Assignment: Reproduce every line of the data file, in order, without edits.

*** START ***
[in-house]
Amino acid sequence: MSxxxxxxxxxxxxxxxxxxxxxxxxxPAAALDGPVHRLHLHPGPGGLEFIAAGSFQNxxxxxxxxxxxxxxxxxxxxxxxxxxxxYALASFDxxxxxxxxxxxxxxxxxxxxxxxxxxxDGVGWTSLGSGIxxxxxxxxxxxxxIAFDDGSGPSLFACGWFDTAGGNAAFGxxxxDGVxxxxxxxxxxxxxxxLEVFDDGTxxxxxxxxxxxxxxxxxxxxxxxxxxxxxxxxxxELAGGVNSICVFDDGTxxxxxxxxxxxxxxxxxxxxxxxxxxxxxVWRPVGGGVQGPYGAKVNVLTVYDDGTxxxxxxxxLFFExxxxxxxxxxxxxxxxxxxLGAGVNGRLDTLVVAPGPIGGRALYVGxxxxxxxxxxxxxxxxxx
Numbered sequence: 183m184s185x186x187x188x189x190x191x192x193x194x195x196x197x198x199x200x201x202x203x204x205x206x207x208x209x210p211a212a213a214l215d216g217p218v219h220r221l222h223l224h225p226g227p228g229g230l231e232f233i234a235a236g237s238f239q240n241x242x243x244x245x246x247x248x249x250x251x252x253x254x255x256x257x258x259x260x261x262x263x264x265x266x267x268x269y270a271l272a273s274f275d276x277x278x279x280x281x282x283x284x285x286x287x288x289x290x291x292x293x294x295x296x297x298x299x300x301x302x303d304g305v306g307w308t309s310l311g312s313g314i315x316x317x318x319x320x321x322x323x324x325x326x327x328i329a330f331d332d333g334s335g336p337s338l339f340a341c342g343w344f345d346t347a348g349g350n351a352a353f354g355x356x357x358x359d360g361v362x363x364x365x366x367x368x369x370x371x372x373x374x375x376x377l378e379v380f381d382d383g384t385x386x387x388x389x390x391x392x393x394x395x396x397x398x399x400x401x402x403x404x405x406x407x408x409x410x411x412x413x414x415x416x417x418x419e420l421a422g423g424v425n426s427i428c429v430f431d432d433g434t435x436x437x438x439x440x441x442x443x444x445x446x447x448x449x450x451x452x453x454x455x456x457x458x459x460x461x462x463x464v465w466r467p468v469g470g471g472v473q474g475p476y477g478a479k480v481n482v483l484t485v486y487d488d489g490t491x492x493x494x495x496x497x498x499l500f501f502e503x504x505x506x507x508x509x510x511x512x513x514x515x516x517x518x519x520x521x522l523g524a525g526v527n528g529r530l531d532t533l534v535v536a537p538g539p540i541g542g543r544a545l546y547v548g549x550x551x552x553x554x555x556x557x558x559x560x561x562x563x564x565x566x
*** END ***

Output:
[in-house]
Amino acid sequence: MSxxxxxxxxxxxxxxxxxxxxxxxxxPAAALDGPVHRLHLHPGPGGLEFIAAGSFQNxxxxxxxxxxxxxxxxxxxxxxxxxxxxYALASFDxxxxxxxxxxxxxxxxxxxxxxxxxxxDGVGWTSLGSGIxxxxxxxxxxxxxIAFDDGSGPSLFACGWFDTAGGNAAFGxxxxDGVxxxxxxxxxxxxxxxLEVFDDGTxxxxxxxxxxxxxxxxxxxxxxxxxxxxxxxxxxELAGGVNSICVFDDGTxxxxxxxxxxxxxxxxxxxxxxxxxxxxxVWRPVGGGVQGPYGAKVNVLTVYDDGTxxxxxxxxLFFExxxxxxxxxxxxxxxxxxxLGAGVNGRLDTLVVAPGPIGGRALYVGxxxxxxxxxxxxxxxxxx
Numbered sequence: 183m184s185x186x187x188x189x190x191x192x193x194x195x196x197x198x199x200x201x202x203x204x205x206x207x208x209x210p211a212a213a214l215d216g217p218v219h220r221l222h223l224h225p226g227p228g229g230l231e232f233i234a235a236g237s238f239q240n241x242x243x244x245x246x247x248x249x250x251x252x253x254x255x256x257x258x259x260x261x262x263x264x265x266x267x268x269y270a271l272a273s274f275d276x277x278x279x280x281x282x283x284x285x286x287x288x289x290x291x292x293x294x295x296x297x298x299x300x301x302x303d304g305v306g307w308t309s310l311g312s313g314i315x316x317x318x319x320x321x322x323x324x325x326x327x328i329a330f331d332d333g334s335g336p337s338l339f340a341c342g343w344f345d346t347a348g349g350n351a352a353f354g355x356x357x358x359d360g361v362x363x364x365x366x367x368x369x370x371x372x373x374x375x376x377l378e379v380f381d382d383g384t385x386x387x388x389x390x391x392x393x394x395x396x397x398x399x400x401x402x403x404x405x406x407x408x409x410x411x412x413x414x415x416x417x418x419e420l421a422g423g424v425n426s427i428c429v430f431d432d433g434t435x436x437x438x439x440x441x442x443x444x445x446x447x448x449x450x451x452x453x454x455x456x457x458x459x460x461x462x463x464v465w466r467p468v469g470g471g472v473q474g475p476y477g478a479k480v481n482v483l484t485v486y487d488d489g490t491x492x493x494x495x496x497x498x499l500f501f502e503x504x505x506x507x508x509x510x511x512x513x514x515x516x517x518x519x520x521x522l523g524a525g526v527n528g529r530l531d532t533l534v535v536a537p538g539p540i541g542g543r544a545l546y547v548g549x550x551x552x553x554x555x556x557x558x559x560x561x562x563x564x565x566x